"In Syria, I will work with our partners to identify and organize those members of the opposition who share our values and ensure they obtain the arms they need to defeat Assad’s tanks, helicopters, and fighter jets. Iran is sending arms to Assad because they know his downfall would be a strategic defeat for them. We should be working no less vigorously with our international partners to support the many Syrians who would deliver that defeat to Iran-rather than sitting on the sidelines. It is essential that we develop influence with those forces in Syria that will one day lead a country that sits at the heart of the Middle East."

For Egypt, he makes it clear we should use our aid to require the Brotherhood government to be open to all voices and be truly democratic, as well as to respect its treaty with Israel:

"In Egypt, I will use our influence-including clear conditions on our aid-to urge the new government to represent all Egyptians, to build democratic institutions, and to maintain its peace treaty with Israel. And we must persuade our friends and allies to place similar stipulations on their aid."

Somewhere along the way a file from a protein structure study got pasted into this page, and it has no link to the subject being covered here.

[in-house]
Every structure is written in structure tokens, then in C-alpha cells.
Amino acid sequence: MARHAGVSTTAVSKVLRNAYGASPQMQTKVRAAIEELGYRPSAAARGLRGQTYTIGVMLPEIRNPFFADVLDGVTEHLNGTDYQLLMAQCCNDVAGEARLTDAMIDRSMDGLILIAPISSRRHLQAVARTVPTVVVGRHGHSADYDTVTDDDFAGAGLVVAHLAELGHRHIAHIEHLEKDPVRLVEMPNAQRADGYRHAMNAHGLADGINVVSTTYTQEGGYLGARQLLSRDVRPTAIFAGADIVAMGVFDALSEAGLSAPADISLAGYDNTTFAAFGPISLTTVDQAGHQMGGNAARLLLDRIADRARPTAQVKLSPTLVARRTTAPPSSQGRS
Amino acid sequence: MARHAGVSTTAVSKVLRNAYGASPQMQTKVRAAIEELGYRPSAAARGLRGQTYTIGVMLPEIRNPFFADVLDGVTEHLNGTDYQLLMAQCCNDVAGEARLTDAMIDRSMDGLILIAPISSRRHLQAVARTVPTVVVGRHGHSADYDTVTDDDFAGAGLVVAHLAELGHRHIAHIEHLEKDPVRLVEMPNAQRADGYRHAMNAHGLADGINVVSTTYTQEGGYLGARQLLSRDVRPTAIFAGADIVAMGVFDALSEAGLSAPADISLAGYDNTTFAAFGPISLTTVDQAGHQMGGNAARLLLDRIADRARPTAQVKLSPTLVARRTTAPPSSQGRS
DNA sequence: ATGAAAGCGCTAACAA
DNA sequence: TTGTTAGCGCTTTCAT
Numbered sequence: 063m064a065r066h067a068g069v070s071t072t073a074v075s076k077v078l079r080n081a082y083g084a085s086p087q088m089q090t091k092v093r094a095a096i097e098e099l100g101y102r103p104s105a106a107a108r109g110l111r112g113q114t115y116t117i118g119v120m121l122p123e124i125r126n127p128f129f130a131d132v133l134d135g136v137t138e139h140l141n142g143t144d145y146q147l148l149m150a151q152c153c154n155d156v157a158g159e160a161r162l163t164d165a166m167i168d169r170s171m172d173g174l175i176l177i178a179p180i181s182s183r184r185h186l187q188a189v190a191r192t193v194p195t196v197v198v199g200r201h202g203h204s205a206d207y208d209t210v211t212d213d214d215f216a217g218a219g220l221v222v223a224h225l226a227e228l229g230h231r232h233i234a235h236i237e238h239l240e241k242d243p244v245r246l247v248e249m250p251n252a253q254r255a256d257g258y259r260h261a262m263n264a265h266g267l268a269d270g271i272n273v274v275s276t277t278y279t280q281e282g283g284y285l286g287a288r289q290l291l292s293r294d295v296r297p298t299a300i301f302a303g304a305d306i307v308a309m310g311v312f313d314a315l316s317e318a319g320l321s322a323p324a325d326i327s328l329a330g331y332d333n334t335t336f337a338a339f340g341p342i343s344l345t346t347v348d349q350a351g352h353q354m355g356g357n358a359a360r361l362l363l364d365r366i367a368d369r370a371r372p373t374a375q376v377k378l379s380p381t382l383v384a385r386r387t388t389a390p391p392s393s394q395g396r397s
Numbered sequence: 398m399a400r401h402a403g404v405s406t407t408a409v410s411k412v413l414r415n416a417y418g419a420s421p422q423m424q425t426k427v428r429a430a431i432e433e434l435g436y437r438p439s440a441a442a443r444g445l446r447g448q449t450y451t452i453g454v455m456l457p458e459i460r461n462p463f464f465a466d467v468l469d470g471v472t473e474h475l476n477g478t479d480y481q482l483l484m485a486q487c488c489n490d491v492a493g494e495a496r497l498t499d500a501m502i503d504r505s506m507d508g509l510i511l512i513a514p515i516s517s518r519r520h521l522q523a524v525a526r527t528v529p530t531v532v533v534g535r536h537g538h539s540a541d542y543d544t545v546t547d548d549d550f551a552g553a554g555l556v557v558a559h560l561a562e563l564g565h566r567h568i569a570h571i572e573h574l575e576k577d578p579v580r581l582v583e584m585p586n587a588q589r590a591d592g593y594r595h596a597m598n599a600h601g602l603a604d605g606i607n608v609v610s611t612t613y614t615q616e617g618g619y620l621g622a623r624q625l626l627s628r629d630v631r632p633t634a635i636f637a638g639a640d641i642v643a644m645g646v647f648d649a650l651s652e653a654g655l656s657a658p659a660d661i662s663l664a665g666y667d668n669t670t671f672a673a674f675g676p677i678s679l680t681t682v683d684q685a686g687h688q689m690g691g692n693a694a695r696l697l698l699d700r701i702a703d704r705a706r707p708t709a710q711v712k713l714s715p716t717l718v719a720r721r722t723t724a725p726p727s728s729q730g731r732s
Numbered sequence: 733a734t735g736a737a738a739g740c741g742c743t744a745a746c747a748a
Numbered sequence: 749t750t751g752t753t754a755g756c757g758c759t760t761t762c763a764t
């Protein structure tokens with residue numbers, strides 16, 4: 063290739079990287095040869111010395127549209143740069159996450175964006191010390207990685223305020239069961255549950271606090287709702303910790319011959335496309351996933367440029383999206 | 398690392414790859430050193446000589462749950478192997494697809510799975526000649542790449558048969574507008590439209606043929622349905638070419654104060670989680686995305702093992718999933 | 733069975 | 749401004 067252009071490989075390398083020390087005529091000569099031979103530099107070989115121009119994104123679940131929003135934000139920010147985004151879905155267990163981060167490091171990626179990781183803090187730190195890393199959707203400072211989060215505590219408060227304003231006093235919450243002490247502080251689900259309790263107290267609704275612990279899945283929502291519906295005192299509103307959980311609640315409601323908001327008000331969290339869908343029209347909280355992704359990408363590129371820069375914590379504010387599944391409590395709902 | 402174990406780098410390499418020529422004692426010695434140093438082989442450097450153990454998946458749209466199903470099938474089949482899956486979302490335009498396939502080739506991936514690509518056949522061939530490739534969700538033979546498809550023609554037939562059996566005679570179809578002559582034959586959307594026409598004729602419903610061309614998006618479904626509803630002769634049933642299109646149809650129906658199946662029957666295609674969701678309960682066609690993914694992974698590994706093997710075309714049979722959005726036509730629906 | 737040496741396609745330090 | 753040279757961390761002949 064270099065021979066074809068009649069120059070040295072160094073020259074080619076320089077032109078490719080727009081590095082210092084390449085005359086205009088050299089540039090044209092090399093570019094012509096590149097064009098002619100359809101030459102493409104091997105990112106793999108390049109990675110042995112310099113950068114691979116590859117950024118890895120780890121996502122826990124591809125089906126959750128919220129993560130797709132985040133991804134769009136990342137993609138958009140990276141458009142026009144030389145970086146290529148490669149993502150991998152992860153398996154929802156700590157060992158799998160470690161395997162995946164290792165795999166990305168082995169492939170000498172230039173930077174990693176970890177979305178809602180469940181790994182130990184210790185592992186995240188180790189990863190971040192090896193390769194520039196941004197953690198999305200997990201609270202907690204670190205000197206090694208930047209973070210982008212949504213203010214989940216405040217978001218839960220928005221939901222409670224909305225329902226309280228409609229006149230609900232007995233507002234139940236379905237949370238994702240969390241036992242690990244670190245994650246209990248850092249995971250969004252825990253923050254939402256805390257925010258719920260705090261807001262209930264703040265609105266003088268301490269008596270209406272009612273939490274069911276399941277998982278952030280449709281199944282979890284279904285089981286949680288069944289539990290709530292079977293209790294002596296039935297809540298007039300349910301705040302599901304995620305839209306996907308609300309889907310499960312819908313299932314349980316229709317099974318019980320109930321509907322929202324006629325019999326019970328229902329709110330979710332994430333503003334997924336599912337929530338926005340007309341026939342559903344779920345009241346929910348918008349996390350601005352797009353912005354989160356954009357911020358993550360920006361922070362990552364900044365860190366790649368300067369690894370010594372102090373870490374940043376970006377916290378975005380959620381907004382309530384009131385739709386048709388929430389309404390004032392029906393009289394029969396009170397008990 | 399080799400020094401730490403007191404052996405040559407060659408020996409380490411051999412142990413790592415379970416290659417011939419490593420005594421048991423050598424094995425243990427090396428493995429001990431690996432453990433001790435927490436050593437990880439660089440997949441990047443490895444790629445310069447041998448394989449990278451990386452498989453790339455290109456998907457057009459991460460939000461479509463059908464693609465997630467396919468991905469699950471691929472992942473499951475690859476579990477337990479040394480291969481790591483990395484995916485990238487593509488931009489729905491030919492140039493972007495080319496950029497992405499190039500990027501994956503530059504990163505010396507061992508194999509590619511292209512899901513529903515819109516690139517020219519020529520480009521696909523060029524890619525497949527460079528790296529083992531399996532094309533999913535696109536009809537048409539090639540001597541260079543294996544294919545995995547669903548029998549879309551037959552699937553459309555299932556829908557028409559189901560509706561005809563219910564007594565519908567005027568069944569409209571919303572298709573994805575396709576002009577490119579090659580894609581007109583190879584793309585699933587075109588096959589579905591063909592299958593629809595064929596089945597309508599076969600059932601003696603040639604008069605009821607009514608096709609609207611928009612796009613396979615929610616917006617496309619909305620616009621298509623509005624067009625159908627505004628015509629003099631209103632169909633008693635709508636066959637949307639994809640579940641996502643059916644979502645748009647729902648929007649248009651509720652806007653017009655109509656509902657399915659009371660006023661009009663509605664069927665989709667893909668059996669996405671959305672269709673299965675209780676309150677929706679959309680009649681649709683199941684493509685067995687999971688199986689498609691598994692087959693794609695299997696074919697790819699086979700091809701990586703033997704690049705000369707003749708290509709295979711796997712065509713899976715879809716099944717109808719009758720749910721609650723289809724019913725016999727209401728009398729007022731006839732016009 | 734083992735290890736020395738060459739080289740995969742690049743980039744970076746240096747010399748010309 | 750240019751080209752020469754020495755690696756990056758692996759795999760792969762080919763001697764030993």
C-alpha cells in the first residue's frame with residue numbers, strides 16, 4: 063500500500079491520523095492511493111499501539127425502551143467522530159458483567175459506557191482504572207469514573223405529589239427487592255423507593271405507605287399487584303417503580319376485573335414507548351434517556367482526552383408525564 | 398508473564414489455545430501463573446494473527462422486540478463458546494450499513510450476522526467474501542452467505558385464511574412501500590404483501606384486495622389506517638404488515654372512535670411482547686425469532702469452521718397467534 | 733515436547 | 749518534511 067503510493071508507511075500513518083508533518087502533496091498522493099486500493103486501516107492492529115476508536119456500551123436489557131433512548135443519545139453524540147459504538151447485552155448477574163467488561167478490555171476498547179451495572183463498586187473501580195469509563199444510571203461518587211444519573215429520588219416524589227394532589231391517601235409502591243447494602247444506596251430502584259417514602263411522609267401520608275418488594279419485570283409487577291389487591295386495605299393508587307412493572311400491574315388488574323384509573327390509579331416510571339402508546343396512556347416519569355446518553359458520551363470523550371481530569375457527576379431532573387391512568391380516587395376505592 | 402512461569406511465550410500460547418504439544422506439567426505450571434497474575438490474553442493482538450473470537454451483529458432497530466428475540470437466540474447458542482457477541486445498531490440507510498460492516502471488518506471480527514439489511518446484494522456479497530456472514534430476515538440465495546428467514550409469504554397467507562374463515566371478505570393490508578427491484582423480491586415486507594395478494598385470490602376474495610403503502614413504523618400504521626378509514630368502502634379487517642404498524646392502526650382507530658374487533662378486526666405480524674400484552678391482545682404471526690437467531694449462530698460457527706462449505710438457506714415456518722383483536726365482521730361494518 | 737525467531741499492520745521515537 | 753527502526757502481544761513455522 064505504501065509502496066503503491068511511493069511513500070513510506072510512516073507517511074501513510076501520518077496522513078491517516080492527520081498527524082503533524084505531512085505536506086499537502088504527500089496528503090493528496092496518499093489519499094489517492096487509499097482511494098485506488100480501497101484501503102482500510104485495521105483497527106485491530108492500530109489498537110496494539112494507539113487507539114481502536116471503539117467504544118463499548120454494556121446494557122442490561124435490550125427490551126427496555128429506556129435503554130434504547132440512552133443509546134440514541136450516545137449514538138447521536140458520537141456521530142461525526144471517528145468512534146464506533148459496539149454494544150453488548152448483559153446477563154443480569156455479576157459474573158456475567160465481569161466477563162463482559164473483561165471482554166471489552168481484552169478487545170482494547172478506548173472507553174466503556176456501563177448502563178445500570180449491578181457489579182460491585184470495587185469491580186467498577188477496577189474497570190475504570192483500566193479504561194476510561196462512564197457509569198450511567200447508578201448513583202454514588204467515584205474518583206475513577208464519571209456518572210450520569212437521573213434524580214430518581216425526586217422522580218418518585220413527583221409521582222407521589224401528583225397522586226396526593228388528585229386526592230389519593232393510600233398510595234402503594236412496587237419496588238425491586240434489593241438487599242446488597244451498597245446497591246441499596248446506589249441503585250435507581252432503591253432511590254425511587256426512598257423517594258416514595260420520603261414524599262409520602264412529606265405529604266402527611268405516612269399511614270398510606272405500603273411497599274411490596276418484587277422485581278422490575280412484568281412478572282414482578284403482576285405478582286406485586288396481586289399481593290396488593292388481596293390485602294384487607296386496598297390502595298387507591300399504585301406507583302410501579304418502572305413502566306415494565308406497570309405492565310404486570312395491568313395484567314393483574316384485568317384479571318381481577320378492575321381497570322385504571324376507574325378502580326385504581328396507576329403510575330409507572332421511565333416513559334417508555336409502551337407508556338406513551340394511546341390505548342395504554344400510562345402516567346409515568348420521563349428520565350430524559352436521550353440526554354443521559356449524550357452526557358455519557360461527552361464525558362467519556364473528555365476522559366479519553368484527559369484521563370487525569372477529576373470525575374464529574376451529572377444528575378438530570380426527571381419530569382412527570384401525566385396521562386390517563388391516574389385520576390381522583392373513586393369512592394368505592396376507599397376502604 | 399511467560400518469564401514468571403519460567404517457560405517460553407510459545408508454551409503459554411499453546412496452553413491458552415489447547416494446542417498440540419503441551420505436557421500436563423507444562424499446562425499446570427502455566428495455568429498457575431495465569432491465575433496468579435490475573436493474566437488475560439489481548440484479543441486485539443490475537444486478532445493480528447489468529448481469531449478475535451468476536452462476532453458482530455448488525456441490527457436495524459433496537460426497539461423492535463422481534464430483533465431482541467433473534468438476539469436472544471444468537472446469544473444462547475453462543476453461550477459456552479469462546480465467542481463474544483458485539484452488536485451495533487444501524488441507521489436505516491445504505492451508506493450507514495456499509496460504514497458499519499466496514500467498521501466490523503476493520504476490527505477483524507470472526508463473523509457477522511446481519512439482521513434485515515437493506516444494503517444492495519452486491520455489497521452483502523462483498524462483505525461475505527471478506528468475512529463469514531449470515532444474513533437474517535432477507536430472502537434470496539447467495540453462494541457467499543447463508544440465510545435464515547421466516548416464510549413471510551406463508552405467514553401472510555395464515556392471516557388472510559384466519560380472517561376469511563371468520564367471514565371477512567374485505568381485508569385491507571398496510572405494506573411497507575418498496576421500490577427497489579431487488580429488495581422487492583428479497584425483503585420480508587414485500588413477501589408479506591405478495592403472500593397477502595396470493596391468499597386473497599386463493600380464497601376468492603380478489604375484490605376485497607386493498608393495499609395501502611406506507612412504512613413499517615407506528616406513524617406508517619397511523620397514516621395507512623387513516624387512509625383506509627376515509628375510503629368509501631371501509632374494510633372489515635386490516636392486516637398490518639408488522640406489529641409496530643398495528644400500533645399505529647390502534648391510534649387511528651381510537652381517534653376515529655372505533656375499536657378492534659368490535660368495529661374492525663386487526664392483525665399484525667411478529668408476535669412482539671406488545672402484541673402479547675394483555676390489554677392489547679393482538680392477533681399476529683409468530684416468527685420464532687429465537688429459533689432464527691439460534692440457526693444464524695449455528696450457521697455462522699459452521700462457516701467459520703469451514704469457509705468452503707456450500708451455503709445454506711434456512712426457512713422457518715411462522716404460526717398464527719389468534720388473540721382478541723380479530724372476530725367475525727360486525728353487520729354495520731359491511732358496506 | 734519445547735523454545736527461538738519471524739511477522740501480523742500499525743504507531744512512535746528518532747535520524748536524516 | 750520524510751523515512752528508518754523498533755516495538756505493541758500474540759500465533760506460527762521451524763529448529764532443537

There are a number of other points Romney makes in this speech, which is clearly an attempt not only to lay out his views but provide a stark contrast to President Obama. Gov. Romney succeeds at drawing the contrast and in ways that show the same kind of bold and clear leadership, complete with specifics, that he offered recently in the first debate on the economy and healthcare. Thus, we’ve got a preview for the debate that covers foreign policy.

Paul J. Bonicelli is professor of government at Regent University, and served as the assistantadministrator for Latin America and the Caribbean of the United States Agency for International Development.